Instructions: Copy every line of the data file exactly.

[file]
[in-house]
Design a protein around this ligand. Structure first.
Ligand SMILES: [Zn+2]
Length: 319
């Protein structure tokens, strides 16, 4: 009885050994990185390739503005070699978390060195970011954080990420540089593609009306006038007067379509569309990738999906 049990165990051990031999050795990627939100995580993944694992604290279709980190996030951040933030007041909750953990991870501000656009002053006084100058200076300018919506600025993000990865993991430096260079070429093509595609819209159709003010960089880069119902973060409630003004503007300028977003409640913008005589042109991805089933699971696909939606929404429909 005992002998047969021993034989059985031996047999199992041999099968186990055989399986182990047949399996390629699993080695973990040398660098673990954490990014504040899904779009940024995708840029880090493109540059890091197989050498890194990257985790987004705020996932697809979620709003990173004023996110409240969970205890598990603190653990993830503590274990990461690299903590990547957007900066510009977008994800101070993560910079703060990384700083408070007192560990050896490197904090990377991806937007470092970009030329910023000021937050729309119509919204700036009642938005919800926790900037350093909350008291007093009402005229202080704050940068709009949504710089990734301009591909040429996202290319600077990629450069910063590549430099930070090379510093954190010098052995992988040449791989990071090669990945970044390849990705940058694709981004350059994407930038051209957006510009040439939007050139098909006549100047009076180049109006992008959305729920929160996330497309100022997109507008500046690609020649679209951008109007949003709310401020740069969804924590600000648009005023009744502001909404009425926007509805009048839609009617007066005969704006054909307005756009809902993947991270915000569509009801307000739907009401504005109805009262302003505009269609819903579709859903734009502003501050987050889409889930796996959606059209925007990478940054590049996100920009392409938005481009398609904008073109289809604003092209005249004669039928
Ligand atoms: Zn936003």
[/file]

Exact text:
[in-house]
Design a protein around this ligand. Structure first.
Ligand SMILES: [Zn+2]
Length: 319
């Protein structure tokens, strides 16, 4: 009885050994990185390739503005070699978390060195970011954080990420540089593609009306006038007067379509569309990738999906 049990165990051990031999050795990627939100995580993944694992604290279709980190996030951040933030007041909750953990991870501000656009002053006084100058200076300018919506600025993000990865993991430096260079070429093509595609819209159709003010960089880069119902973060409630003004503007300028977003409640913008005589042109991805089933699971696909939606929404429909 005992002998047969021993034989059985031996047999199992041999099968186990055989399986182990047949399996390629699993080695973990040398660098673990954490990014504040899904779009940024995708840029880090493109540059890091197989050498890194990257985790987004705020996932697809979620709003990173004023996110409240969970205890598990603190653990993830503590274990990461690299903590990547957007900066510009977008994800101070993560910079703060990384700083408070007192560990050896490197904090990377991806937007470092970009030329910023000021937050729309119509919204700036009642938005919800926790900037350093909350008291007093009402005229202080704050940068709009949504710089990734301009591909040429996202290319600077990629450069910063590549430099930070090379510093954190010098052995992988040449791989990071090669990945970044390849990705940058694709981004350059994407930038051209957006510009040439939007050139098909006549100047009076180049109006992008959305729920929160996330497309100022997109507008500046690609020649679209951008109007949003709310401020740069969804924590600000648009005023009744502001909404009425926007509805009048839609009617007066005969704006054909307005756009809902993947991270915000569509009801307000739907009401504005109805009262302003505009269609819903579709859903734009502003501050987050889409889930796996959606059209925007990478940054590049996100920009392409938005481009398609904008073109289809604003092209005249004669039928
Ligand atoms: Zn936003």